The Coalition at Oxy for Diversity and Equity (CODE) held a garden party and teach-in Friday in Mullin Grove to discuss the idea of resistance on campus, Diversity and Equity Board (DEB) funding and the importance of the Multicultural Summer Institute (MSI).
Students played games and socialized while enjoying upbeat music and the sunny afternoon. Before breaking into small groups to discuss resistance efforts on campus, student leaders spoke to about 50 students assembled.
DEB Club Liaison and CODE core member Abhilasha Bhola (senior) explained DEB’s role on campus. The 10-student board conducts research on Occidental through meetings and surveys and will produce a report on their findings at the end of the semester. Specifically, DEB has been looking at how various groups and offices on campus hold themselves accountable to Occidental’s mission, and Bhola said having an official report will inform the community on where things can be improved.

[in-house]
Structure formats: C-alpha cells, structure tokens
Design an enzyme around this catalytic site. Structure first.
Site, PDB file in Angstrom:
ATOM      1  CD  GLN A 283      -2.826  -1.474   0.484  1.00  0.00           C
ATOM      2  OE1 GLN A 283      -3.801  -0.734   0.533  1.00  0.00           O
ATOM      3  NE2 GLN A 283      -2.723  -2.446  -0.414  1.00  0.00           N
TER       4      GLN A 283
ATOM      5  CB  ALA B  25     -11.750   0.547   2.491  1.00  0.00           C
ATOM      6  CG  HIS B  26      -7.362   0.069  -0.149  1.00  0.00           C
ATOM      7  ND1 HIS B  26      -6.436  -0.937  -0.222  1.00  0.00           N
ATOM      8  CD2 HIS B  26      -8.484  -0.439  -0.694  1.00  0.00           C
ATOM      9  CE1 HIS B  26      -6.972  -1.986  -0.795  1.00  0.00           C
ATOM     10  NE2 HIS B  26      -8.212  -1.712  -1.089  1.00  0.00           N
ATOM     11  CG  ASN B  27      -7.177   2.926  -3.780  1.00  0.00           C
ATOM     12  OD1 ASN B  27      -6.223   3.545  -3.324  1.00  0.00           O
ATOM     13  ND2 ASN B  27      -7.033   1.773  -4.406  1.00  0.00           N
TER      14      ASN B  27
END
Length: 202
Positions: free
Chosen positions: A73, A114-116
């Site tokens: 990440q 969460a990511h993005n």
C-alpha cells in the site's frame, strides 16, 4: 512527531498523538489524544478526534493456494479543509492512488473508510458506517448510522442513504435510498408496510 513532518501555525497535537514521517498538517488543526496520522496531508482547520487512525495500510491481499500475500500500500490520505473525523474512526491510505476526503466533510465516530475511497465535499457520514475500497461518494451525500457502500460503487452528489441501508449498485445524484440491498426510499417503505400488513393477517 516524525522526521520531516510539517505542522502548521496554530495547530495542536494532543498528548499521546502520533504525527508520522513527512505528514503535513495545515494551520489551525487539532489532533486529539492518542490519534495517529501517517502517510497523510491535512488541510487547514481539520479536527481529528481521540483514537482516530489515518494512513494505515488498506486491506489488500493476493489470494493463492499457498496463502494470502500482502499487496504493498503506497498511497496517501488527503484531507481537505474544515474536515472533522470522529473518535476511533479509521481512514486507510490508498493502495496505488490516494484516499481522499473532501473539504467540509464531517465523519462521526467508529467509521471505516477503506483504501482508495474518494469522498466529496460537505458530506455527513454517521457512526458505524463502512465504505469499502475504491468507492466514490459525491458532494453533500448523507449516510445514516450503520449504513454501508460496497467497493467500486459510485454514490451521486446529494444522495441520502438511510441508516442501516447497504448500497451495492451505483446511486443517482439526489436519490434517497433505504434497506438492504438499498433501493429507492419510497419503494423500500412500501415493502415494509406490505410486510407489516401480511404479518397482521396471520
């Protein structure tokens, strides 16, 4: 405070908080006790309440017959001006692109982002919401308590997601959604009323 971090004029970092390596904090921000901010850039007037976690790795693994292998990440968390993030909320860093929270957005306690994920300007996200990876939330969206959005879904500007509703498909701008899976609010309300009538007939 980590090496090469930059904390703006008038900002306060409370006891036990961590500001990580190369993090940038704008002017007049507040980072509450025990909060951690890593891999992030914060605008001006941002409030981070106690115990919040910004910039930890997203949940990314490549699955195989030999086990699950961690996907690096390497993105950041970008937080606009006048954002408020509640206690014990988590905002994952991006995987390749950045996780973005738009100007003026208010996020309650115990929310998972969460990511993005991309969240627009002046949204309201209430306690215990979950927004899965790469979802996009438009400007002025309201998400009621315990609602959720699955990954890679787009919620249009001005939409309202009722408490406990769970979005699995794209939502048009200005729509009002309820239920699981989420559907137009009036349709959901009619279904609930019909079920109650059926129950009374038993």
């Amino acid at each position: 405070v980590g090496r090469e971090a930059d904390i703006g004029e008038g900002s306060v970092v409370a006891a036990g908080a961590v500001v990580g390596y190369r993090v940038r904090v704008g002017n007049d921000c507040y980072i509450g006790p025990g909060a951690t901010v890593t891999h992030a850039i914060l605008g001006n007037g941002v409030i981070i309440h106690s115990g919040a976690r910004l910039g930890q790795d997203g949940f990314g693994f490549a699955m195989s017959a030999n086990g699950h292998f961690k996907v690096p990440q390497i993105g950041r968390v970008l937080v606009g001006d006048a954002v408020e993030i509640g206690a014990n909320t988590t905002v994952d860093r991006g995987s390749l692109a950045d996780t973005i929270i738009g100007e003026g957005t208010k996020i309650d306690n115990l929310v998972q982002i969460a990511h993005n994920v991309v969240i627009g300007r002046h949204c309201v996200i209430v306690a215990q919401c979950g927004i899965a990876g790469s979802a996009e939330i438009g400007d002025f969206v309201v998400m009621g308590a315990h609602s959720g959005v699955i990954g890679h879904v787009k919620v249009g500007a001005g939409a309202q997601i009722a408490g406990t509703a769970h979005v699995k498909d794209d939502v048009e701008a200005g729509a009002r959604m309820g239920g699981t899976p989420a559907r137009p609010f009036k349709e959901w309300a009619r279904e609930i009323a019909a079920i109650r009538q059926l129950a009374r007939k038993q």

The other primary objective of DEB is to serve as a source of funding for student diversity initiatives, Bhola said. DEB was established spring 2014 but has remained unfunded in its inaugural year after attempts to raise student body fees were rejected by Honor Board. Following the adoption of a new constitution March 4, student body fees can now be increased through a student body vote. Associated Students of Occidental College (ASOC) Senate voted unanimously March 14 to approve DEB’s proposal to put a student body fee increase of $10 per semester to a student vote.